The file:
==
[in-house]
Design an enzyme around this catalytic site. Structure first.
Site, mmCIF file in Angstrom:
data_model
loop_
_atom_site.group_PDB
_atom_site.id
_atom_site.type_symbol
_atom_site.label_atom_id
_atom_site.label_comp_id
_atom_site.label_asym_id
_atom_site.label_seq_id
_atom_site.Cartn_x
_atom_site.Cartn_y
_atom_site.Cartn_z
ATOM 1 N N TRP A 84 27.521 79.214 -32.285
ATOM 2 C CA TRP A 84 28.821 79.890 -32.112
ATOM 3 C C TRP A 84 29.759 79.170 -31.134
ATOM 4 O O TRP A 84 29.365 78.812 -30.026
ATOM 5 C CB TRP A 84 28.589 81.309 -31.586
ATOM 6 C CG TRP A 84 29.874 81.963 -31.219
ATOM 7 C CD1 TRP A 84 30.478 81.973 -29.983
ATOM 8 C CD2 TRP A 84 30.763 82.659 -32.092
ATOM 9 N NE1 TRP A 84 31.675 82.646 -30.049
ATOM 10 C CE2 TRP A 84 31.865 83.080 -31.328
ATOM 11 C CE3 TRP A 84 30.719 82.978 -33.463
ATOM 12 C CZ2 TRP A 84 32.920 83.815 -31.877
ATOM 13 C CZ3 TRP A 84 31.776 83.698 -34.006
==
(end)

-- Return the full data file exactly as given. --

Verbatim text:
[in-house]
Design an enzyme around this catalytic site. Structure first.
Site, mmCIF file in Angstrom:
data_model
loop_
_atom_site.group_PDB
_atom_site.id
_atom_site.type_symbol
_atom_site.label_atom_id
_atom_site.label_comp_id
_atom_site.label_asym_id
_atom_site.label_seq_id
_atom_site.Cartn_x
_atom_site.Cartn_y
_atom_site.Cartn_z
ATOM 1 N N TRP A 84 27.521 79.214 -32.285
ATOM 2 C CA TRP A 84 28.821 79.890 -32.112
ATOM 3 C C TRP A 84 29.759 79.170 -31.134
ATOM 4 O O TRP A 84 29.365 78.812 -30.026
ATOM 5 C CB TRP A 84 28.589 81.309 -31.586
ATOM 6 C CG TRP A 84 29.874 81.963 -31.219
ATOM 7 C CD1 TRP A 84 30.478 81.973 -29.983
ATOM 8 C CD2 TRP A 84 30.763 82.659 -32.092
ATOM 9 N NE1 TRP A 84 31.675 82.646 -30.049
ATOM 10 C CE2 TRP A 84 31.865 83.080 -31.328
ATOM 11 C CE3 TRP A 84 30.719 82.978 -33.463
ATOM 12 C CZ2 TRP A 84 32.920 83.815 -31.877
ATOM 13 C CZ3 TRP A 84 31.776 83.698 -34.006